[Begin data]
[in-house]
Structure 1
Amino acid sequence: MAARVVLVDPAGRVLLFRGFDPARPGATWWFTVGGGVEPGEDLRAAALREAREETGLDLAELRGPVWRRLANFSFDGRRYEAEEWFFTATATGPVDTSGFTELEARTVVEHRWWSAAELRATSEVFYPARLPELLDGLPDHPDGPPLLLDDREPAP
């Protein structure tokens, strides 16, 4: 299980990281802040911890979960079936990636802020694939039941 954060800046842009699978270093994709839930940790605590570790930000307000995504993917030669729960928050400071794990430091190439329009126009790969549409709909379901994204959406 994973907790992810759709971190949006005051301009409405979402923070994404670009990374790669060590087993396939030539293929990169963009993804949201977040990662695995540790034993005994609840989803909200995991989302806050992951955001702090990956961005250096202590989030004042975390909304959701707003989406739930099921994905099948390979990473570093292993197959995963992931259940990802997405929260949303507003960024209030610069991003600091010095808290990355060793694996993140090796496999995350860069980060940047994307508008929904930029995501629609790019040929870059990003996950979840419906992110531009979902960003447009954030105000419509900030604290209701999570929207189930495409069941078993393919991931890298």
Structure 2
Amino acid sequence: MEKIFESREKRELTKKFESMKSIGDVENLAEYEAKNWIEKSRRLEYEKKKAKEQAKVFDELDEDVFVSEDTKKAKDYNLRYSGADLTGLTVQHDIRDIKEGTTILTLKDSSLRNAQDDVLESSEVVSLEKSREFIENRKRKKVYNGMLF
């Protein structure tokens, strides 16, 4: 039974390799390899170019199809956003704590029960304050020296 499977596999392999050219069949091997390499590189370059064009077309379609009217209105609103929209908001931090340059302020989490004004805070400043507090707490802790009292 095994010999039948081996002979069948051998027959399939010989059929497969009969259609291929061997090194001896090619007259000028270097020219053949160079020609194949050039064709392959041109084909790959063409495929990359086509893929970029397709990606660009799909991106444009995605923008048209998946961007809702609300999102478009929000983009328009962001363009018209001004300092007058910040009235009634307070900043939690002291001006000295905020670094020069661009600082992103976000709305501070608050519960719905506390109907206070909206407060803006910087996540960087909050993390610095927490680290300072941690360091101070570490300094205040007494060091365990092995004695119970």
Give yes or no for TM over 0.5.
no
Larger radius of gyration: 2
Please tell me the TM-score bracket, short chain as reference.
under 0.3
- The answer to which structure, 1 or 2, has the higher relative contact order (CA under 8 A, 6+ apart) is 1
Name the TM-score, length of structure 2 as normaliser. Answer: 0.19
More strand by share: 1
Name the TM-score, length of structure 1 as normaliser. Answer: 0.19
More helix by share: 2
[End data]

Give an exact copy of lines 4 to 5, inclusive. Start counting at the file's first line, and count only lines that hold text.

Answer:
């Protein structure tokens, strides 16, 4: 299980990281802040911890979960079936990636802020694939039941 954060800046842009699978270093994709839930940790605590570790930000307000995504993917030669729960928050400071794990430091190439329009126009790969549409709909379901994204959406 994973907790992810759709971190949006005051301009409405979402923070994404670009990374790669060590087993396939030539293929990169963009993804949201977040990662695995540790034993005994609840989803909200995991989302806050992951955001702090990956961005250096202590989030004042975390909304959701707003989406739930099921994905099948390979990473570093292993197959995963992931259940990802997405929260949303507003960024209030610069991003600091010095808290990355060793694996993140090796496999995350860069980060940047994307508008929904930029995501629609790019040929870059990003996950979840419906992110531009979902960003447009954030105000419509900030604290209701999570929207189930495409069941078993393919991931890298």
Structure 2